Belt Promotion Test essay - May 17, 2015
Traditional taekwondo training focuses on self-defense and “the way” of living a life of virtue. It is in traditional taekwondo that my interest lies. While I respect the competitive sport of Olympic Taekwondo, it is the traditional martial art that I seek for myself and my children.
The traditional art includes il su siks and ho sin sools, essential self-defense movements. These are empowering moves that if studied, provide practical ways to save yourself and others from a violent attack. The mere knowledge of these moves provides confidence and power within. This internal strength can be enough of a force to prevent an attack from happening in the first place.
Internal strength results not only from knowledge of moves, but also in an understanding of “ki”. Ki development is another focus of traditional taekwondo that enables students to tap into and harvest their internal energy. While this is a new concept for me, I have experience firsthand how using techniques to harvest its power enable me to perform my breaks successfully.
It is this focus on the internal that attracted me to taekwondo in the first place. The five tenets provide virtues that will prepare my children to become successful and benevolent. For adults, revisiting the tenets helps focus our daily lives and provides the inner strength to incorporate them. The tenets are not merely recited, they are experienced and promoted through example and lessons at Chosun. Newcomers are welcomed, patience is extended, and children are expected to treat each other kindly. Many sports focus on character development, but one is hard pressed to find a sport that emphasizes character development to the same degree I have experienced at Chosun. Athleticism is nothing without strong character. In fact, it can be dangerous, especially when a student has become proficient in defense skills.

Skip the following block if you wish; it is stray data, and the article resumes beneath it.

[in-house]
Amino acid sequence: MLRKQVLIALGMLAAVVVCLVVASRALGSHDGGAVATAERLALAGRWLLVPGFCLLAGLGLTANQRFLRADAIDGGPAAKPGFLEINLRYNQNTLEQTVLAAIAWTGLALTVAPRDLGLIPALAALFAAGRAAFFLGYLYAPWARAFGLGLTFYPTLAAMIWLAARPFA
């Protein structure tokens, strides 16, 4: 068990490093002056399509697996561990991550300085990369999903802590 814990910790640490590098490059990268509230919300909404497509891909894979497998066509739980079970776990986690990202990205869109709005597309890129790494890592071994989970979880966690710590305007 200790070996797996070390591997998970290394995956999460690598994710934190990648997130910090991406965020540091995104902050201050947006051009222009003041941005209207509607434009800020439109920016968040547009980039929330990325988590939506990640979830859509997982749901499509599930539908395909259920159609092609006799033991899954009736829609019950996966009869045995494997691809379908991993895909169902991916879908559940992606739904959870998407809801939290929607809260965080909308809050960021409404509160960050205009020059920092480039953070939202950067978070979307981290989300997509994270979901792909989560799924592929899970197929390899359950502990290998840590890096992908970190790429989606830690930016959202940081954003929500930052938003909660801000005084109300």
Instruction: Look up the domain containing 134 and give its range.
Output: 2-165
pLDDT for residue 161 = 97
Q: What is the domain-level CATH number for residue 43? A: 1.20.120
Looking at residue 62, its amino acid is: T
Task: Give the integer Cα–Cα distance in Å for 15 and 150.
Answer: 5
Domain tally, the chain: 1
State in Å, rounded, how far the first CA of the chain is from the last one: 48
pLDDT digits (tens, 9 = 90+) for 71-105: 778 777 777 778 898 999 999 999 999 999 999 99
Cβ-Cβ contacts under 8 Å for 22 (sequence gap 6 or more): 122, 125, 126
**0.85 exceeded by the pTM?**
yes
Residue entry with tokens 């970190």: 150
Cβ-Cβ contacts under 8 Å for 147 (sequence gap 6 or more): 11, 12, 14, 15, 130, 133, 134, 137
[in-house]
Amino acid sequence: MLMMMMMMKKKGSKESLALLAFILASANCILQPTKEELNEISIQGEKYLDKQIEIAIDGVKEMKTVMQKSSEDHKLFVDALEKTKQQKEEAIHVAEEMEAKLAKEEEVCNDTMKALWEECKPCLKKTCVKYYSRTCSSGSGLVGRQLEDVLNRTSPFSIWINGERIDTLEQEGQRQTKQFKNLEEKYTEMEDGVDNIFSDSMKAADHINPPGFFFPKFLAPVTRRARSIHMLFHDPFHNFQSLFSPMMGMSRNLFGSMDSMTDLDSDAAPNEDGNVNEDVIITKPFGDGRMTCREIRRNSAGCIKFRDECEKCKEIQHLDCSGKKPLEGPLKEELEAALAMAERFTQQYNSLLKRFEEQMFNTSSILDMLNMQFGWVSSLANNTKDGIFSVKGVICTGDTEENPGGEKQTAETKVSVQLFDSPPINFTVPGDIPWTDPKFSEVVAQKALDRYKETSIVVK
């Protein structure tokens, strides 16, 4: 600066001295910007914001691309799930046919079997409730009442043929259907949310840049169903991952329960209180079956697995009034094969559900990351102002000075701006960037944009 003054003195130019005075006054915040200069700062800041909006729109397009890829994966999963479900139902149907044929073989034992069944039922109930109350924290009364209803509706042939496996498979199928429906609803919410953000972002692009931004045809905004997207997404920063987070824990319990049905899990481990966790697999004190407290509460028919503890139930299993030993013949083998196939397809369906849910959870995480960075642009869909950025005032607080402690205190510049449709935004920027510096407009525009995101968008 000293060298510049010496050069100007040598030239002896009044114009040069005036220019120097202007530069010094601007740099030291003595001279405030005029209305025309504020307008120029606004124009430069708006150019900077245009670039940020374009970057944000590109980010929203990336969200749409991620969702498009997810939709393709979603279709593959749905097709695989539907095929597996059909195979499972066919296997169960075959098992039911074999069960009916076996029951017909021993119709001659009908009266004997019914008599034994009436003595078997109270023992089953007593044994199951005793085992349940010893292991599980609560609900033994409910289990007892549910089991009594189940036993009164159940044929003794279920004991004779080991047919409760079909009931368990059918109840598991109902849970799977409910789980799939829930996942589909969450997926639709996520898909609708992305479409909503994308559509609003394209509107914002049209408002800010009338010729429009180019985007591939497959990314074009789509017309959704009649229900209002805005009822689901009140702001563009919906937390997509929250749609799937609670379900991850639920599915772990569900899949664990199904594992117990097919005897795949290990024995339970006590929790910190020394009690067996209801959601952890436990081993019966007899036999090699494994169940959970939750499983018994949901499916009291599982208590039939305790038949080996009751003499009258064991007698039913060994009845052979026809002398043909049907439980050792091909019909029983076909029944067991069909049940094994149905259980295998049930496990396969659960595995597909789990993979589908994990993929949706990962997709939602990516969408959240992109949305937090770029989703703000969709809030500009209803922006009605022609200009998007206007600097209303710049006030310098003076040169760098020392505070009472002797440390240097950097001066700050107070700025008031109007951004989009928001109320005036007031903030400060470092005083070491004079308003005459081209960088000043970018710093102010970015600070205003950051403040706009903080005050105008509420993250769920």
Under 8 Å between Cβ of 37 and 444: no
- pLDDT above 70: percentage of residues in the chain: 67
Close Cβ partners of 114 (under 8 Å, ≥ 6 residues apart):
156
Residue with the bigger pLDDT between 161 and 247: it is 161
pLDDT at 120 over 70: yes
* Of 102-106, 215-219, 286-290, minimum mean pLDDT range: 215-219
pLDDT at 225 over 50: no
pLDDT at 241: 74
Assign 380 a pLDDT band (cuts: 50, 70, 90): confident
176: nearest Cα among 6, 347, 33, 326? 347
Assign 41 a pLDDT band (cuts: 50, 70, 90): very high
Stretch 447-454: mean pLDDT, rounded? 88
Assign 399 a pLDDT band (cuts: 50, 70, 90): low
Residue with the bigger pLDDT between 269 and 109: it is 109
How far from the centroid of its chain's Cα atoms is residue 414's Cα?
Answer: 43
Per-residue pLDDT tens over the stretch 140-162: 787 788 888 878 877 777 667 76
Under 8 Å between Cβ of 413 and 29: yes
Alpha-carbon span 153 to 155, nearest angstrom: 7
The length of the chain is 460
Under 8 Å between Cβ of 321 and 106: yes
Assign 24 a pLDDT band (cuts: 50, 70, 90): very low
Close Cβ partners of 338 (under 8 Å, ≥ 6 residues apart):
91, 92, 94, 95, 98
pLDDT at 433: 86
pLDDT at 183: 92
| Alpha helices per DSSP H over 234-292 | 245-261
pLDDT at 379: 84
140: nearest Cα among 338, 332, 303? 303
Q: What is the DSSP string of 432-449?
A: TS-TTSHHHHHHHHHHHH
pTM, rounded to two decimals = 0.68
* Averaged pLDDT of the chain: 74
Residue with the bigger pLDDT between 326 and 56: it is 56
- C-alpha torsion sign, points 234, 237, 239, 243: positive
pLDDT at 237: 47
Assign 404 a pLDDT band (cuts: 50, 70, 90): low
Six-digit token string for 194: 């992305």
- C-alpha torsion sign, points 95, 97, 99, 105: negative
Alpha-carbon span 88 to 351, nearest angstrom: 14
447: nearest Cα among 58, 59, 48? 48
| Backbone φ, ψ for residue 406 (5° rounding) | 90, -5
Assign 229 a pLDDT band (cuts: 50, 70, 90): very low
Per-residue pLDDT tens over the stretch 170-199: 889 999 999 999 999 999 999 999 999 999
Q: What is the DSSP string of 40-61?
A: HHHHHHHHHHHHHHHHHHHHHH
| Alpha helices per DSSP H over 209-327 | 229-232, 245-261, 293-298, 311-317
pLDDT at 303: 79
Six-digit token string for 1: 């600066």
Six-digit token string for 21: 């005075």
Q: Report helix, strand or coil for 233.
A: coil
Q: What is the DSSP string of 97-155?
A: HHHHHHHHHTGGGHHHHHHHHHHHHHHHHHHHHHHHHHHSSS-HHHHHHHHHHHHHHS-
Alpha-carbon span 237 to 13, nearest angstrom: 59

Meditation is another traditional component that I find invaluable. While I still feel like a newcomer to meditation, I have improved. Western cultures have begun embracing meditation for its benefits for health and mind. Quieting the mind has never been an easy task for me. My mind is awash with responsibilities and concerns. Ironically, using time to quiet the mind is often more constructive than trying to get ahead (or catch up) with thoughts of productivity.
Traditional and sport taekwondo are two separate but related practices, both worthy exercises. However, traditional taekwondo is the only one that meets my personal and parental goals. I have little interest in competitive sport. I find value in the focus on “the way” set forth by the guiding principles, ki development and meditation. I find value in the empowerment that self defense furnishes. It is the traditional aspects of taekwondo that I value most.